After settling in to our great hotel with it’s marvelous views, we enjoyed a five-course dinner at the hotel next door, and returned to our hotel to crash for the night, just as the final call to prayer rang out (at 10:30.)
column in Blue Mosque Today was a really busy day; after breakfast we visited the Blue Mosque, which while still a functioning mosque, is a major tourist attraction (hundreds and hundreds of people lining up to view it and take pictures). Not only is it beautiful inside with its paintings and mosaics, it is also an architectural masterpiece, with the majestic dome flanked by four semi-domes. From there we viewed the Hippodrome (used for chariot races) with its three obelisks, the oldest dating from 390 AD.
Then it was on to the Topkapi Palace, the place from which 30 of the sultans ruled the country; the focus of this compound seemed to be courtyards more than buildings, although there were many of the latter. The treasures room, with an 86 carat diamond once given to a sultan as a gift, was pretty impressive, I must admit.
After lunch we enjoyed a private boat tour of the Bosporus Straight, where our guide pointed out many municipal and educational buildings, as well as many, many, mosques. Chuck & Lib on boat tour
We ended the day with a trip to the Spice Market, where all kinds of spices from all around the world are available (and yes, we did buy some, and hope that they make it home through customs!)
More tomorrow—especially the tour of Hagia Sophia, the Byzantine Church that became a mosque that is now a museum.

How does one sum up thousands of years of history in a few paragraphs? After sleeping on the reality of Delphi and the concept of people traveling great distances to make sacrifices and offerings to ask the Oracle the ONE question you can ask, and to walk away with a vague answer, we rolled out the next morning for more history.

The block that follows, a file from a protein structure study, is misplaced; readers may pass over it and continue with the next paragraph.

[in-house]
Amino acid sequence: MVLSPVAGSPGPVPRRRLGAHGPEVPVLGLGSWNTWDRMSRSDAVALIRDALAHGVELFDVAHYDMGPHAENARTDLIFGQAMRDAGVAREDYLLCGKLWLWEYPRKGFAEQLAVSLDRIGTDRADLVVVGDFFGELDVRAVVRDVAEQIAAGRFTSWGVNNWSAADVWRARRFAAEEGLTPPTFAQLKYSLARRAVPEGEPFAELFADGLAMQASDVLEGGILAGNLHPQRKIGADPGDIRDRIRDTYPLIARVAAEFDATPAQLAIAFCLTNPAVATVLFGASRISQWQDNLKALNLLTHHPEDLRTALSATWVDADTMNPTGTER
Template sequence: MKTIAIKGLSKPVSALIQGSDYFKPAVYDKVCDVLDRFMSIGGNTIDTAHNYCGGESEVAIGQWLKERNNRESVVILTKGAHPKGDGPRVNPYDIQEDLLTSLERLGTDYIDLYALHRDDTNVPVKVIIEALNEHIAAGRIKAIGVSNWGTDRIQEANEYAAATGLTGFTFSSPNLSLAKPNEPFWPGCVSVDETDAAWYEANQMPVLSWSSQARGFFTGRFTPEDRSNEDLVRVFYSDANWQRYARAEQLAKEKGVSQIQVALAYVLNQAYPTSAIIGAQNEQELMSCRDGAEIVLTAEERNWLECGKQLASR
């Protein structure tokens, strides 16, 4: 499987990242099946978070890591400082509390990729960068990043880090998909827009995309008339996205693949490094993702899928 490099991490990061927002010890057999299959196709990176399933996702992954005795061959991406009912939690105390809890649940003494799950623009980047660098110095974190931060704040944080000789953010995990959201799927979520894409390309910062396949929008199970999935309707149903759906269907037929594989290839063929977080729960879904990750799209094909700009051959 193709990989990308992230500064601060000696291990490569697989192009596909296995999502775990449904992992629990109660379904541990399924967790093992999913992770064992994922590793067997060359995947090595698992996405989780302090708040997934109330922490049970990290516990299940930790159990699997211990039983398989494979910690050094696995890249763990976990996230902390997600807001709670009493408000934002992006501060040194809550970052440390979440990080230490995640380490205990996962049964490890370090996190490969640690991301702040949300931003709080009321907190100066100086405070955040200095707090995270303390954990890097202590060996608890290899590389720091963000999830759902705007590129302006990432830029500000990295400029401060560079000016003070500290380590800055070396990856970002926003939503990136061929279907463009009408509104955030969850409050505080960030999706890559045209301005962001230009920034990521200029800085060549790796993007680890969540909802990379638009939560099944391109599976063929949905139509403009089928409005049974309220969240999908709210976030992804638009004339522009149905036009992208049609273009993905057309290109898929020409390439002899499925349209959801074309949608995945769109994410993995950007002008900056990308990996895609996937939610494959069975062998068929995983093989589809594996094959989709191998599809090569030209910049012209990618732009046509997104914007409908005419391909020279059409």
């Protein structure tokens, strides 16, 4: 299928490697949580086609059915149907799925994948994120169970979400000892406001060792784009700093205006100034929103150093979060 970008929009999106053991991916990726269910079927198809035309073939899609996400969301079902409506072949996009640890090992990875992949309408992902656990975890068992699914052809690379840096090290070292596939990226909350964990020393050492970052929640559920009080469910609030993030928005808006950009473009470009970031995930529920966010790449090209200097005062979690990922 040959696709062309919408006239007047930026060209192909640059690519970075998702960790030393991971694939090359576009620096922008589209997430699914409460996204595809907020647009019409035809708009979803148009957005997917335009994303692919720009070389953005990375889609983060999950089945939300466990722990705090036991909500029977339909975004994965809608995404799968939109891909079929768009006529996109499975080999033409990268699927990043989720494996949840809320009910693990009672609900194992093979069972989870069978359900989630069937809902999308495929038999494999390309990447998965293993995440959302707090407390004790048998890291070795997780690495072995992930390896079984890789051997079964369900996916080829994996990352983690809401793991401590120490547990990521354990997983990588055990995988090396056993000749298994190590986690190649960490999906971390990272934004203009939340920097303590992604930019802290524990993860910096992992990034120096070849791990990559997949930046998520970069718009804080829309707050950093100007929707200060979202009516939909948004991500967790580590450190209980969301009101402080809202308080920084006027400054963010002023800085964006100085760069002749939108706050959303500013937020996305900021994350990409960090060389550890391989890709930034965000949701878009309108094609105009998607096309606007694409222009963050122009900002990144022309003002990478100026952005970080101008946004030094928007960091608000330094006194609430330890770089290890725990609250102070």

First we made a quick, unplanned, side trip to Thermopyle, the historic site of the real battle of the Spartan army against the power of the Persian Empire led by Xerxes. Of all the movies made in or about Greek history, 300 is the only one the Greek people appreciate and feel that tells the story with authenticity (in other words, forget Alexander and Troy). We viewed the site, took a few pictures, then moved on to the city of Kalambaka, where after lunch, we visited Meteora.
Meterora is this incredible geological formation, where there have been (at one time) twenty four different monasteries; today, there are six still functioning, but the monks and nuns who live in them and find their calling in them, are dwindling.IMG_2974 We visited two of them, the Church of St Barbara, named for a woman who was beheaded by her own (Roman) father when he learned that she had converted to Christianity—it is an ancient Orthodox Church that is maintained by a tiny group of nuns.